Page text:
Another cruel truth I discovered is that YOU CAN NEVER FORCE FRIENDSHIP. Once I had a friend from the UK. We went to ladies nights almost 4 to 5 times a week. Then it came to the time for her to leave when her internship finished. She had a party in M1NT and of course I was invited. I waited for her in the club till 3 a.m. but didn’t see her. I sent tons of messages but got no reply. I was so angry that night. How could she not inform me of anything? I was sad about losing a friend before her farewell. Then I realized I was probably just one of her clubbing buddies. And there is this Spanish guy whom I also considered as a friend. I was so pissed off when we came across each other in a bar, he only said hi, didn’t talk with me so much and didn’t even say goodbye when he left. And there is this Chinese friend whom I shared everything with, even including something my closest girl friend doesn’t know. He didn’t show up when I told him I would leave Shanghai soon and so let’s have a proper dinner together. There are too many such cases. I get it. No one has the responsibility of informing you when they don’t want to be friend with you. Or rather, they never regard you as a friend at all. These cases never happened when I was a student and when I was between a student and a real social being. I made some really good friends when I did an internship in Shanghai before graduating, with whom I still keep in touch even though they left a long time ago. Why everything changed after I graduated? I don’t know if it’s because in Shanghai, nobody gives a goddamn shit about others and people only mind their own business, or if real adult life is like this, no matter where I am. However, I am grateful that I still have a few real friends, who do whatever they can to meet me before I leave Shanghai, who I know are as sorrowful as I am, who tell me to be a good girl, who will always show concern even when I’m not in Shanghai anymore. Real friends don’t need to chat with you every day. They just drop you a message once in a while to make sure you are still alive.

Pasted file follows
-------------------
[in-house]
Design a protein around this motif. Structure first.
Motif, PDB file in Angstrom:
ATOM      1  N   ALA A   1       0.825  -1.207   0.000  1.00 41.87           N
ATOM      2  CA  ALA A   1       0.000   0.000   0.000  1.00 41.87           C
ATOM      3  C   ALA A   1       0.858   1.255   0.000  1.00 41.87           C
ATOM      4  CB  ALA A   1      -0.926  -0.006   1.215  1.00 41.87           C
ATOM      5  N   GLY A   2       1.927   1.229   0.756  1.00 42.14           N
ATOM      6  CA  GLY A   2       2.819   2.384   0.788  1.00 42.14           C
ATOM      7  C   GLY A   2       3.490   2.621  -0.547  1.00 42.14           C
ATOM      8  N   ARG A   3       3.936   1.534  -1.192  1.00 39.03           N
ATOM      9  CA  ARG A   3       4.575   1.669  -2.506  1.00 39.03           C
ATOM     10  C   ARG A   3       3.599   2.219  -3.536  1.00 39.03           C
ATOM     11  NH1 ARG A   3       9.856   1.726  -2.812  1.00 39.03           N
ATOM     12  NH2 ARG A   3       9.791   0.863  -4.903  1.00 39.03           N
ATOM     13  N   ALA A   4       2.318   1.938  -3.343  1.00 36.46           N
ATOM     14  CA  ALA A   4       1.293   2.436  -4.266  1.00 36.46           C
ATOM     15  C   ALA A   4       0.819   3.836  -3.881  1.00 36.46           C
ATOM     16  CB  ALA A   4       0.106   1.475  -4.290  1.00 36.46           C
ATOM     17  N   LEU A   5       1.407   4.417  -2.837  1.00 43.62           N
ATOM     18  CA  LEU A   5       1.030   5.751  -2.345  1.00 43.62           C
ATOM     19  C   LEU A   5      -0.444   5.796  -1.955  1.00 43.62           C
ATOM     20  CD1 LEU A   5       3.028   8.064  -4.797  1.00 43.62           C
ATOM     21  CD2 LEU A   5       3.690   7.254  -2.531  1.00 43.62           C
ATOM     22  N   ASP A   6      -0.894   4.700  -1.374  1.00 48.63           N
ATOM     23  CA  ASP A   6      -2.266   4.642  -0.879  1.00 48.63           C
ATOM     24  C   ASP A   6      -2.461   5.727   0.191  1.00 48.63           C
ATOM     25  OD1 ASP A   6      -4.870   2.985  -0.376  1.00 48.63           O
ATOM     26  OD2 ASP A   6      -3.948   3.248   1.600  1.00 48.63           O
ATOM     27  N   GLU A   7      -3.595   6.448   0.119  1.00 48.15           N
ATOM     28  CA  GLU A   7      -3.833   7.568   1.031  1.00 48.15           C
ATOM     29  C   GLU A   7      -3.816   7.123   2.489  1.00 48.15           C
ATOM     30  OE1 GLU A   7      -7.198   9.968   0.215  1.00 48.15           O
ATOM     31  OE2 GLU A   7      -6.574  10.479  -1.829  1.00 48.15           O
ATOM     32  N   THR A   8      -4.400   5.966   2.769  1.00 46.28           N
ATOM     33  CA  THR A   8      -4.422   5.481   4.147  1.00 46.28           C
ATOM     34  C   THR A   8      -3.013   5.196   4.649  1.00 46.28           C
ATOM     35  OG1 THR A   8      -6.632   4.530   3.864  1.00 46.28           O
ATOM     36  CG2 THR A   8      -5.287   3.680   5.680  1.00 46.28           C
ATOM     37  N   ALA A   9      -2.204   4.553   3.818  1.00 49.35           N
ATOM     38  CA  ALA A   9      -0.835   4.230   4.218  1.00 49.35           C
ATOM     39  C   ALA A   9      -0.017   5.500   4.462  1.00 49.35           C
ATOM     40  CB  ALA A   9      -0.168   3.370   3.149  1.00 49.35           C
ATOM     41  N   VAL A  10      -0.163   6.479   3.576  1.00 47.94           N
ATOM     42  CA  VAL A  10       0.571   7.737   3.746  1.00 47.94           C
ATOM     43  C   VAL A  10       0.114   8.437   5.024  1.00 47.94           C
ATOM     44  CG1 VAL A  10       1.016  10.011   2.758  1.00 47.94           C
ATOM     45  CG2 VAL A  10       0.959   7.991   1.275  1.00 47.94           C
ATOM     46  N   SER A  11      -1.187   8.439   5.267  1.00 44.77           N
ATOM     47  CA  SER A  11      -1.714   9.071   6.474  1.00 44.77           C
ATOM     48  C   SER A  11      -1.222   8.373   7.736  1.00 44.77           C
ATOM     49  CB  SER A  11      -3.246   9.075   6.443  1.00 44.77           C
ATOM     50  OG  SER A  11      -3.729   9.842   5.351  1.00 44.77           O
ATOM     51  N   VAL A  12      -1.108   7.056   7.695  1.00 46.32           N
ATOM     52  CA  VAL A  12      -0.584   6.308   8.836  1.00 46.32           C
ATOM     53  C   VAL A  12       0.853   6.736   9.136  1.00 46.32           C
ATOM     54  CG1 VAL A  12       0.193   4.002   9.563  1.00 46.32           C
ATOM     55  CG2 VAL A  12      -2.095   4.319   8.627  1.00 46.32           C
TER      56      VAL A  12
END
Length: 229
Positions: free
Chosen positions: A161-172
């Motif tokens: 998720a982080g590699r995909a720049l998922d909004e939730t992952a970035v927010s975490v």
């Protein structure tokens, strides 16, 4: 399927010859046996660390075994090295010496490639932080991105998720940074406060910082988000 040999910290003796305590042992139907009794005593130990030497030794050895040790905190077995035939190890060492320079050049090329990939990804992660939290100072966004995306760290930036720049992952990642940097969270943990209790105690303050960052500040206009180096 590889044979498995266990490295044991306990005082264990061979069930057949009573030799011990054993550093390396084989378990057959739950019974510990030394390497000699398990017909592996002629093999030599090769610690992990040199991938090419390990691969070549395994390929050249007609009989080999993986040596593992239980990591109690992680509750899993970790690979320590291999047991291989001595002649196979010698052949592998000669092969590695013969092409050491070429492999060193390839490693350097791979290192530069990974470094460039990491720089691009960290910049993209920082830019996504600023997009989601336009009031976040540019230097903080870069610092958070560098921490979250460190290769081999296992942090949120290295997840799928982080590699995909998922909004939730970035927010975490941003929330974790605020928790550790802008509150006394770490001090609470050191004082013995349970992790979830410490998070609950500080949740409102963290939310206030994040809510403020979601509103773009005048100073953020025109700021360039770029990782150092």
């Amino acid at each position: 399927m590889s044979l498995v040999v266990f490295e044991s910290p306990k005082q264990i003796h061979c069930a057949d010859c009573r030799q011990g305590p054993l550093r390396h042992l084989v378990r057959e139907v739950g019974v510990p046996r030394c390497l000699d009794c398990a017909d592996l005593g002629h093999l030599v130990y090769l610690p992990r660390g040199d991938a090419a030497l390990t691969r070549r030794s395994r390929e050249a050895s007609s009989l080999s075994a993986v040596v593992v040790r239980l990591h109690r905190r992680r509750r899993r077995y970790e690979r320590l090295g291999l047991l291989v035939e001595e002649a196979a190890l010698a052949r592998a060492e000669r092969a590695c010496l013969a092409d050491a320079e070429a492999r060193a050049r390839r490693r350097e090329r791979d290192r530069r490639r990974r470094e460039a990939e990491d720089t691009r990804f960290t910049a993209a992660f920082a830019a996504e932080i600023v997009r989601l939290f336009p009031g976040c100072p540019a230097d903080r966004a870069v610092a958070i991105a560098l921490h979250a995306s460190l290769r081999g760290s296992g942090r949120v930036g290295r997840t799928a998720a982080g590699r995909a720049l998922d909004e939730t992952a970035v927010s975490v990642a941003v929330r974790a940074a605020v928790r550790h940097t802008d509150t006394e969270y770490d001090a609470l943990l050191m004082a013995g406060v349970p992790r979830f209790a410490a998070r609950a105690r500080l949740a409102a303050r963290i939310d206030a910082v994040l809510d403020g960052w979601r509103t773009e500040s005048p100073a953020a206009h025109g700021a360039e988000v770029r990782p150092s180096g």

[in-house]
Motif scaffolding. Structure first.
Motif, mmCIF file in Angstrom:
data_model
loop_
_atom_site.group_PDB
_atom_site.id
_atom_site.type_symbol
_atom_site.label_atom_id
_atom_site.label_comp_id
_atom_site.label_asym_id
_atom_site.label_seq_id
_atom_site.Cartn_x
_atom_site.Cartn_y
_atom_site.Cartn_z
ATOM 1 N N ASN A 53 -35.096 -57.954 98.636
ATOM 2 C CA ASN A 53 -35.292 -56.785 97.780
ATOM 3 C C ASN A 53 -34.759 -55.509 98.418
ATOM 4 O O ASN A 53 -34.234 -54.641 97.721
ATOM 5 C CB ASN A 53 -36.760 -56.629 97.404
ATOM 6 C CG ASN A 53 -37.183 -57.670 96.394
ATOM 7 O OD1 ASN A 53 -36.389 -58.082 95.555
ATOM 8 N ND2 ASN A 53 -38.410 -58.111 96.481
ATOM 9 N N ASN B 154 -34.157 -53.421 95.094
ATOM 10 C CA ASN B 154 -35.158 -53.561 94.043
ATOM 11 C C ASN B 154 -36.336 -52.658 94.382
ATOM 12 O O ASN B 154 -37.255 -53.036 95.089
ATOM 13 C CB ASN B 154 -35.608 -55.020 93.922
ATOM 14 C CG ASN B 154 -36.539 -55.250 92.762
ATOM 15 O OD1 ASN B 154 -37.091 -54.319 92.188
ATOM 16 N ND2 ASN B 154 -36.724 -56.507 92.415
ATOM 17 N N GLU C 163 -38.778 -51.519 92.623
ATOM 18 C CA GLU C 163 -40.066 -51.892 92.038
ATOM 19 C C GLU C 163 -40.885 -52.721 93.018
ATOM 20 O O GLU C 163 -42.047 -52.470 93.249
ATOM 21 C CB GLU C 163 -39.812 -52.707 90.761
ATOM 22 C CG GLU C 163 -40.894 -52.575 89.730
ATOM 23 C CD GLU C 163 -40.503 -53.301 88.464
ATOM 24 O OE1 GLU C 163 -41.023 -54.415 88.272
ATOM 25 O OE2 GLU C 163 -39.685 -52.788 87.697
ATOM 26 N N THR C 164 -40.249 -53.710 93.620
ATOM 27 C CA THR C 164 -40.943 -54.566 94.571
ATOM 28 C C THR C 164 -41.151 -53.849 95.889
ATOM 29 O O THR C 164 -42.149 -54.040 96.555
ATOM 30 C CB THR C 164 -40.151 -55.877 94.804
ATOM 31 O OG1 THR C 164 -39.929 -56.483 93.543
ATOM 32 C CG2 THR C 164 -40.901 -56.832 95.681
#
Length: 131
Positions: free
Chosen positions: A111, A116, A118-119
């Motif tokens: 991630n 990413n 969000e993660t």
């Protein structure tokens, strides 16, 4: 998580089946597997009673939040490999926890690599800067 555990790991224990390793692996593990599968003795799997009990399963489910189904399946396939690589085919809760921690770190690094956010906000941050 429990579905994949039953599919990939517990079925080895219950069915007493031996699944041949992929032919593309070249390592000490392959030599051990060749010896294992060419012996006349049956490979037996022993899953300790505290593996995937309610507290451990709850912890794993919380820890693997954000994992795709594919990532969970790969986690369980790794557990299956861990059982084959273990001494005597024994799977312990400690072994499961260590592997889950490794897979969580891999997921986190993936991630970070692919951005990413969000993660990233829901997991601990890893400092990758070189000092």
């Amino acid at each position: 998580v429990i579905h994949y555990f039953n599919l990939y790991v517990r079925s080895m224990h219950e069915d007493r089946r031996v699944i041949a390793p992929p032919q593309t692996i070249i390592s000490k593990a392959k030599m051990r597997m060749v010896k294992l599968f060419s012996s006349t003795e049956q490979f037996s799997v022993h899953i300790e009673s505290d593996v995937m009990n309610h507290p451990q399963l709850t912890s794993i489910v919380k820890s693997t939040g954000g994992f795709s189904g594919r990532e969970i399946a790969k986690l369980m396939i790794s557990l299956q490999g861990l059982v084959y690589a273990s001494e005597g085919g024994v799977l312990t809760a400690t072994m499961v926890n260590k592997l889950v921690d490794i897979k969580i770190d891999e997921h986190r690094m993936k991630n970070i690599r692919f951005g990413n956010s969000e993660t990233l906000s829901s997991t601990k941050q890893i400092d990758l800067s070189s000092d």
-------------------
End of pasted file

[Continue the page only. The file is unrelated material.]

In this city, PEOPLE HAVE TOO MANY CHOICES. If you get the reply of “maybe next time”, “I’m not sure yet”, “I’ll finish my dinner and see what to do next”, etc. when you ask people to hang out, it’s not because they are lazy or just don’t want to go out. Mostly probably they’ve already had plans. They might go for salsa dancing, or happy hour at Yongkang Lu, or a live performance at Mao Live House… I had always been enthusiastic in organizing events. One lovely autumn afternoon, I organized a picnic outing in a park. Only 2 out of 15 people invited came. Had it been in Nanjing, 20 people would come if I invited 10. This kind of situation often makes me at a loss and lack sense of belonging. I’ve got hundreds of contacts in my Wechat, but when I simply want to have some deep conversations over a coffee on a lazy Sunday afternoon, I can hardly find one. However, if I want to go partying, I can easily find people who are in. Weird, isn’t it? For quite a long time, I was anti-socializing. I didn’t want to make the acquaintances of new people, scanning their QR codes on Wechat and never see each other again. I just needed one or two close friends. Again, friendship is luxurious in this migrant city where people come and go and life is fast-paced. When you really know someone after one year and can finally start to establish a long-term friendship, this person has to leave because he/ she has finished study, work contract, etc.

I don’t hate Shanghai because of all these. Whenever I’m in bad mood, I just need to go to my secret rooftop and blank out everything in mind in front of the amazing skyline. I also like roaming on those quiet streets with big trees at both sides, randomly clicking pictures of authentic Shanghai local life. I like seeing the elderly sitting at the door, chatting while waving bamboo fans. I like seeing mid-aged men playing chess or porker in the shadows. I like it when laundries, barber shops, breakfast stores, groceries and grave clothes shops exit together with bars on the same streets. While white collars are living in a hyper city life, local people are sticking to their own pace. I love this modern and traditional Shanghai.

However, anyhow I don’t feel I belong here. Feeling sad though, I need to move forward and search for my place till the end of the world.

Everything is in perfect timing: my shampoo, toothpaste, face cream, etc. all happened to be used up. It’s time to leave. And the great adventure is ahead!